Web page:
Pay it forward. Feel the benefits of service.
Click here for more stories from No Impact Week.
Click here for more information on Day 6: Water.
Olubunmi Ishola is a No Impact skeptic, but she's willing to see if the experiment can prove her wrong.
No Impact Man inspired Molly Eagen's graduate thesis on life without oil. Follow her tips this week as she takes on the No Impact Experiment.
British Columbia, Canada
Sustainability blogger Aran Seaman has done No Impact Week before—and he's back for round two.
Los Angeles, California
Mother, teacher, and eco-pilgrim Kathy Kottaras' lyrical take on the inner adventure of going No Impact.
Don't forget to check out our No Impact Week featured blogroll for more great stories, and post your photos on our Flickr page for a chance to win a subscription to YES!
Day 7 experiences from our readers!
Day 7, the call to get involved, got me thinking about what I already do and what more I can do in the realm of bringing awareness and change. We can change our own behavior, but until we can get many more to do the same, it doesn’t mean much. It’s not enough to be doing the right thing in our own little isolated bubble. I don’t think of this day as “no impact” but as “much impact.” So here’s my Impact List:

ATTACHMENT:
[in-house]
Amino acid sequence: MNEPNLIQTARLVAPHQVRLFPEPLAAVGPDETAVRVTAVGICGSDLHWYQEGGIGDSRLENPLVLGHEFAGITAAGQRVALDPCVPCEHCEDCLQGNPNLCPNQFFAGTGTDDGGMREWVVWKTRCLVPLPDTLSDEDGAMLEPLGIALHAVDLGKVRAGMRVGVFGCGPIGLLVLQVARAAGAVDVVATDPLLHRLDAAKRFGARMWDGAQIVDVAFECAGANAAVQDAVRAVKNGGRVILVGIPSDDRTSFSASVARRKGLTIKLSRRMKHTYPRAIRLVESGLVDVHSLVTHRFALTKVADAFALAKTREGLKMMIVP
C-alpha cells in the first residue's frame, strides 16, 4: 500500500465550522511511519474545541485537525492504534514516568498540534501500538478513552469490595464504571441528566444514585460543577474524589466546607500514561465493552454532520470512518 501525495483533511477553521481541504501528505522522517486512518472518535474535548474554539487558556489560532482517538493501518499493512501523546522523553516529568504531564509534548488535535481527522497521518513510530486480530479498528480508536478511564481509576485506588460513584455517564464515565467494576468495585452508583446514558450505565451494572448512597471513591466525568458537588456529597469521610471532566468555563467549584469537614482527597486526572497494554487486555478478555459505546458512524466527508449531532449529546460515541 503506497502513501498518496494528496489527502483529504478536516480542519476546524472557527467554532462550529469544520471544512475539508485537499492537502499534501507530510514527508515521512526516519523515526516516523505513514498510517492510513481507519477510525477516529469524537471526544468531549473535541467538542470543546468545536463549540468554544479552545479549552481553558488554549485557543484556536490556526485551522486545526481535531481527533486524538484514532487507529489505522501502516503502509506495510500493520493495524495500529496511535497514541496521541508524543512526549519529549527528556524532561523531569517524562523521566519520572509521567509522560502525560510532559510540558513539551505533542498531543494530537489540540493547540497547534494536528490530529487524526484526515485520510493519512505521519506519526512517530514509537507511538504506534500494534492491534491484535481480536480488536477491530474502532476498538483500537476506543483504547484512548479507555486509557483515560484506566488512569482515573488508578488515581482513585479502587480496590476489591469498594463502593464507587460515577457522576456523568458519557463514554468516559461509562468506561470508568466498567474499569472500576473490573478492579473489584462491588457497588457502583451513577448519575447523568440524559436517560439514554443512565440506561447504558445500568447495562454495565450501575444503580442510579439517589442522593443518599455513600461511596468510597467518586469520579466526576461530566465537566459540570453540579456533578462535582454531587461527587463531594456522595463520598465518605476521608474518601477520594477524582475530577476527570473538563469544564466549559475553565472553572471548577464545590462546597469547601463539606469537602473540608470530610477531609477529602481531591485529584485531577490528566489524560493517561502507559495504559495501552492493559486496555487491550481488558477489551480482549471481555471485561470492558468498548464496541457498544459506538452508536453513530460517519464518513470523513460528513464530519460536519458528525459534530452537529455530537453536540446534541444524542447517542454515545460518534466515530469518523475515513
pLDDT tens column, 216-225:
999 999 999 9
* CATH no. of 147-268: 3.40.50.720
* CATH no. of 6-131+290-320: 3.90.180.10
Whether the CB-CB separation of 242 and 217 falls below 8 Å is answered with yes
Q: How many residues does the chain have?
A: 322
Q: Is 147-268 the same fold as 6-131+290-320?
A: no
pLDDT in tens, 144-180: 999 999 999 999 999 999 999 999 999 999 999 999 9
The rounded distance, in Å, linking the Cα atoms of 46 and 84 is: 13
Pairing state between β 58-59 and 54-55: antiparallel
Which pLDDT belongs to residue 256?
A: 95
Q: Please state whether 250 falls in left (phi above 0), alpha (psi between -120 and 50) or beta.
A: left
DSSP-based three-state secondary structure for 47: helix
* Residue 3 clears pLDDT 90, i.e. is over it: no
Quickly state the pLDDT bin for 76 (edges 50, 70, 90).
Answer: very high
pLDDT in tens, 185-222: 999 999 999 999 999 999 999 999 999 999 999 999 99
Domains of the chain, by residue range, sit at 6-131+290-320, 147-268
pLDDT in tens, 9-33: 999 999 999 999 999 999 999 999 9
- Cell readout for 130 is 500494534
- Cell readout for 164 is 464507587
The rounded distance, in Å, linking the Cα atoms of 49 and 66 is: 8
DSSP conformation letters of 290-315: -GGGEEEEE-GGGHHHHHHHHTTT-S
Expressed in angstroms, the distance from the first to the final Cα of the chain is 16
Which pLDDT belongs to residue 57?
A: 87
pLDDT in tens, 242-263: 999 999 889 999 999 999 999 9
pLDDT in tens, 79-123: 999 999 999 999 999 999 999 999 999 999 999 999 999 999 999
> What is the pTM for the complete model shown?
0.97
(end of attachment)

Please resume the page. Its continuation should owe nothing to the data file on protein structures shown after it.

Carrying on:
I’m going to be more involved with contacting my elected officials and making my voice heard. They need to know that we’re invested, we’re involved, we care, and will hold them accountable to helping alleviate the pressing environmental issues of our time. Food availability, water conservation, electricity, transportation, trash, consumption, all the elements of No Impact week are areas that need major attention, and we’ve got to get our lawmakers involved.
Now that I’m working less, I have more time to be involved in my community. I’m going to start volunteering again at my local food pantry and will look for other ways to be involved as well.
I’ve lived in the same place for going on 4 years and hardly know any of my neighbors at all. I’m going to start making a real effort to get to know them and connect.